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Efficacy of fresh frozen plasma immunotherapy in the treatment of neonatal Sepsis in dogs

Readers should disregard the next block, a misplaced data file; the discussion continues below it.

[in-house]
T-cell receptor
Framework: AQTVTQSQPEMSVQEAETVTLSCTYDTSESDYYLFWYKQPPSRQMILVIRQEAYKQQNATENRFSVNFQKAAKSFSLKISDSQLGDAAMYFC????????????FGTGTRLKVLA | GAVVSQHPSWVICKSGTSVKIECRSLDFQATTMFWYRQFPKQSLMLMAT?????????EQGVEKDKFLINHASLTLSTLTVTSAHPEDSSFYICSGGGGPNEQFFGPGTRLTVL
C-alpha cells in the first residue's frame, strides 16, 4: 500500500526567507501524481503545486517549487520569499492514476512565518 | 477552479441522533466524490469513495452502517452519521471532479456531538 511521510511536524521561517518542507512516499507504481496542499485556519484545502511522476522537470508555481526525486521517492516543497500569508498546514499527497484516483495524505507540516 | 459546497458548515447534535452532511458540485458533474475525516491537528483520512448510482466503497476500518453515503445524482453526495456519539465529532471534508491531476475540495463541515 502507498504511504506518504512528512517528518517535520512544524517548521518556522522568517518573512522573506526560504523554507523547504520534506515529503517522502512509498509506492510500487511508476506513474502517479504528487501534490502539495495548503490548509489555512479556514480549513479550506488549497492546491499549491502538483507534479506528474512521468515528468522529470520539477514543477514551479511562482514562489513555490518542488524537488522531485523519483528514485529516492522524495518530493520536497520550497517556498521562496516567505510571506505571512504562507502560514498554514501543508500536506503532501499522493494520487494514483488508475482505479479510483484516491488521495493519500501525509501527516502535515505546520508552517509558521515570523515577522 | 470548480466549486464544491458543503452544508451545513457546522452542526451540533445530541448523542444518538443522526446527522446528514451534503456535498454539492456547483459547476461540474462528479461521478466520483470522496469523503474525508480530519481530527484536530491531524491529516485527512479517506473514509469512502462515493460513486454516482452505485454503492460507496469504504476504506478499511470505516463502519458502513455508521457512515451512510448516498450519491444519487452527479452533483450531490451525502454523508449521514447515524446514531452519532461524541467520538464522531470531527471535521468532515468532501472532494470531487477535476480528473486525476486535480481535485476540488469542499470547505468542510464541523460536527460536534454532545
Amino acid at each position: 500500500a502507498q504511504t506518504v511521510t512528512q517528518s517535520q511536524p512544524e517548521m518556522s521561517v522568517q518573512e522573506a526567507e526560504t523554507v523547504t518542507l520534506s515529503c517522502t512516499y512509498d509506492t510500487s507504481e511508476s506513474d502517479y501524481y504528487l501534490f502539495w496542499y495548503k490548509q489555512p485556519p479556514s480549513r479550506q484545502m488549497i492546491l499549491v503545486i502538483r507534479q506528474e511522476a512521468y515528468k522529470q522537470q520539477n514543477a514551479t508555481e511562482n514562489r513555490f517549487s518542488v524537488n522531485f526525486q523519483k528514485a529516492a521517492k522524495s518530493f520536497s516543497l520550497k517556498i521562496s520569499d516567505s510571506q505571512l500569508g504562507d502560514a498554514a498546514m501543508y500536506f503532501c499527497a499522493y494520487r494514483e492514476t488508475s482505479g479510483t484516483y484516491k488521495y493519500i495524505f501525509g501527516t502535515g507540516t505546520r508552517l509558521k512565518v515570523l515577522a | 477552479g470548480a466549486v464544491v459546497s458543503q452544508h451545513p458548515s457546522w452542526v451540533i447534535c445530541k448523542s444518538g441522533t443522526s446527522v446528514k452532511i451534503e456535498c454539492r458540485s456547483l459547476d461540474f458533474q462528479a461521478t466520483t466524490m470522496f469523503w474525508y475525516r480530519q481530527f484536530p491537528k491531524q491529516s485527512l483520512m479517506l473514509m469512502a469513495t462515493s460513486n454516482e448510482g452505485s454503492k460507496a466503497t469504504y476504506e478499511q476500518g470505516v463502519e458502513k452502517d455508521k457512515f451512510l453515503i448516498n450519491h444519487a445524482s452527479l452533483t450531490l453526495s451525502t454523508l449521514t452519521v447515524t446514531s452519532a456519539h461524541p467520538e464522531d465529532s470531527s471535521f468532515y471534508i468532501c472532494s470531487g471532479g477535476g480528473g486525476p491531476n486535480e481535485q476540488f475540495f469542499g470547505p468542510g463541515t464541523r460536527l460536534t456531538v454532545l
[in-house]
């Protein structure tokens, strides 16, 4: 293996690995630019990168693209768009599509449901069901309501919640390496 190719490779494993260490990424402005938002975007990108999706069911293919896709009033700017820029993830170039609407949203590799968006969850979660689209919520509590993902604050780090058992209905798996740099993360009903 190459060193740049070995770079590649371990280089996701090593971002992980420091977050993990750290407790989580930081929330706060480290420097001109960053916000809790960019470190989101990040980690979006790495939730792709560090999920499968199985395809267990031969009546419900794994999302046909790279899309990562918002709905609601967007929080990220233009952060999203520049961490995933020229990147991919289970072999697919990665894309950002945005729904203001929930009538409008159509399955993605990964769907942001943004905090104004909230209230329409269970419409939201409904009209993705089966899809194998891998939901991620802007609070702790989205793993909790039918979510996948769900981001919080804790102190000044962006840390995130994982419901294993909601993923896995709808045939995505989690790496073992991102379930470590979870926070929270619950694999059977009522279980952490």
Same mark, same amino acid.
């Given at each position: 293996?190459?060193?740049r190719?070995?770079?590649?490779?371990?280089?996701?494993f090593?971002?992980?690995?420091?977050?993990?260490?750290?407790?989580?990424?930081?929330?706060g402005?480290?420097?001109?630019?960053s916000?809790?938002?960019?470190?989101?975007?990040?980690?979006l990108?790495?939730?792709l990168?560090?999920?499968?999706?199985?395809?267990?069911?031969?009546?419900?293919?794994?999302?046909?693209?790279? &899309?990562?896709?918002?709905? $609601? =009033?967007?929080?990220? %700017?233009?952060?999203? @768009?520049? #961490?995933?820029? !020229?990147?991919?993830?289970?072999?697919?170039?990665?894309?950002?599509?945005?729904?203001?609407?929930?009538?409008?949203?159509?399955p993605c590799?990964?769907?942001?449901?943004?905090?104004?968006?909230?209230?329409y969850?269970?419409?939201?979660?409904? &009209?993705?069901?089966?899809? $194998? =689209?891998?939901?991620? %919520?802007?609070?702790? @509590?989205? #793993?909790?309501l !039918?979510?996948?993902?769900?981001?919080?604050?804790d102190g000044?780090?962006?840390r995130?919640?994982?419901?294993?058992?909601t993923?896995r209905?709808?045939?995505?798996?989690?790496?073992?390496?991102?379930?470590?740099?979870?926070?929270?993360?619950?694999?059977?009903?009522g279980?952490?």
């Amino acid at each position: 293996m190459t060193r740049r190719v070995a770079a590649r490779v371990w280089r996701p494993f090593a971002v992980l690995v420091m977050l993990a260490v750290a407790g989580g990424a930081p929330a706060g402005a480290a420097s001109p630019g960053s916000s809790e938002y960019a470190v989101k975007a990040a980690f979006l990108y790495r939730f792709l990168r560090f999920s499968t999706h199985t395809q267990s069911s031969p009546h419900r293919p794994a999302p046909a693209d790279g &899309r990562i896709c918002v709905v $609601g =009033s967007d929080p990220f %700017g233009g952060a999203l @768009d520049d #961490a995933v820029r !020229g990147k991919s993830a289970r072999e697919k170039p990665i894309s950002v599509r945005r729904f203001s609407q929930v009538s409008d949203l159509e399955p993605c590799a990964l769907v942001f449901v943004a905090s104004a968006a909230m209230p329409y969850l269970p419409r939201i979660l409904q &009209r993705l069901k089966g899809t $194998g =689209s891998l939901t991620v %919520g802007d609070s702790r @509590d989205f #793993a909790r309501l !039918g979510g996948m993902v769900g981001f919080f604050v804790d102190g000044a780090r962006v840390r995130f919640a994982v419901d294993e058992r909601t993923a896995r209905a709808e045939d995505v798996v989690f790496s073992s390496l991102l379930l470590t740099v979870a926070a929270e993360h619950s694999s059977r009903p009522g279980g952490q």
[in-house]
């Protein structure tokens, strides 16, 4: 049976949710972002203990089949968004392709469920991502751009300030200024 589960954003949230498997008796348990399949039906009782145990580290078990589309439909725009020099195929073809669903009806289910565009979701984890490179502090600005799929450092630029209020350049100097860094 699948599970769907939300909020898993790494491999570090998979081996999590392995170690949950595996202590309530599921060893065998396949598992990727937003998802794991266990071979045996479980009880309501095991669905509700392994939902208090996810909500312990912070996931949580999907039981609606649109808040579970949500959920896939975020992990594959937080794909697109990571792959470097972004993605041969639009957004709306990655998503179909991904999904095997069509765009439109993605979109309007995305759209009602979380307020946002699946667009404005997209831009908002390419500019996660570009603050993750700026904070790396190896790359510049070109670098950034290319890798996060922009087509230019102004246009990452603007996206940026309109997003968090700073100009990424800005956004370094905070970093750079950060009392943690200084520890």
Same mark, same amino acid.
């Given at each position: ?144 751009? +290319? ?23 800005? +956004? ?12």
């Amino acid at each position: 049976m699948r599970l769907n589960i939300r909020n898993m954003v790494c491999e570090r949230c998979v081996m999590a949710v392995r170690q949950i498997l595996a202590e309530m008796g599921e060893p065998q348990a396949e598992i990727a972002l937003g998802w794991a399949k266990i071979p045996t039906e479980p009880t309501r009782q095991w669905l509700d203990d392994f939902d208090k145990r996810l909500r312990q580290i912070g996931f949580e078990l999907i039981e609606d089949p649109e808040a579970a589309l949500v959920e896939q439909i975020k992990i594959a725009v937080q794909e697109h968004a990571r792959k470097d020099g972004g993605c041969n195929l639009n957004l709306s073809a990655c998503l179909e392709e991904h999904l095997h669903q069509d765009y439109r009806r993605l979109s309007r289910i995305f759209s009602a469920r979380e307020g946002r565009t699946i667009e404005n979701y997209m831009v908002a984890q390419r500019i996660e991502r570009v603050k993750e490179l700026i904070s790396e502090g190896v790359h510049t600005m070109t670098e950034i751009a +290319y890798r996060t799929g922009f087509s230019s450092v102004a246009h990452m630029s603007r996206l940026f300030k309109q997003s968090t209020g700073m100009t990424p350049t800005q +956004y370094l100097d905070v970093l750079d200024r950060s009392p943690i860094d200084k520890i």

The incidence of neonatal sepsis in dogs is high, affecting about 14.8% of newborns, and the mortality rate is about 25.6%, which is higher during the first days of life. These high rates of sepsis and early mortality may be associated with the immunosuppressed state of dogs at birth, increasing the susceptibility of newborns to bacterial infections considered to be commencing and reducing the responsiveness to these infections, resulting in a higher risk of death until weaning. Thus, an adjunct treatment to conventional treatment of sepsis, such as the administration of blood plasma, used as a source of passive immunity, can impact on neonatal immunity and responses to the newborn's defenses against infections, increasing the chance of survival. The aim of this study is to evaluate the efficacy of the use of fresh frozen plasma as passive immunotherapy in the treatment of neonatal sepsis in dogs. As well as, to evaluate the use of biomarkers in the diagnosis and prognosis of sepsis. At least 40 neonates in sepsis will be included in the experiment, 20 animals that will receive administration of fresh frozen plasma, blood plasma group (GP) and a group of 20 animals that will not receive plasma administration, control group (CG). Among the groups will be evaluated, compared and correlated the clinical and laboratory parameters, as well as the serum concentrations of immunoglobulins IgA, IgM and IgG, and biomarkers of c-reactive protein sepsis, procalcitonin and troponin I. In addition, determine the mortality rates among the studied groups. To evaluate the biomarkers, there will be a group of 20 healthy neonates (SG), so that a pattern of comparative normality can be established. The study presupposes that septic neonate dogs that receive blood plasma as passive immunotherapy, adjunct to the treatment of sepsis, will present an increase in the serum concentration of immunoglobulins IgA, IgM and IgG and improve clinical and laboratory parameters more effectively when compared to neonates who do not receive plasma. In addition, c-reactive protein, procalcitonin and troponin I biomarkers are expected to be increased in patients on sepsis compared to healthy ones, determining their use in the diagnosis or prognosis of neonatal sepsis in dogs. Furthermore, the study assumes that mortality will be lower in septic newborns receiving blood plasma. (AU)

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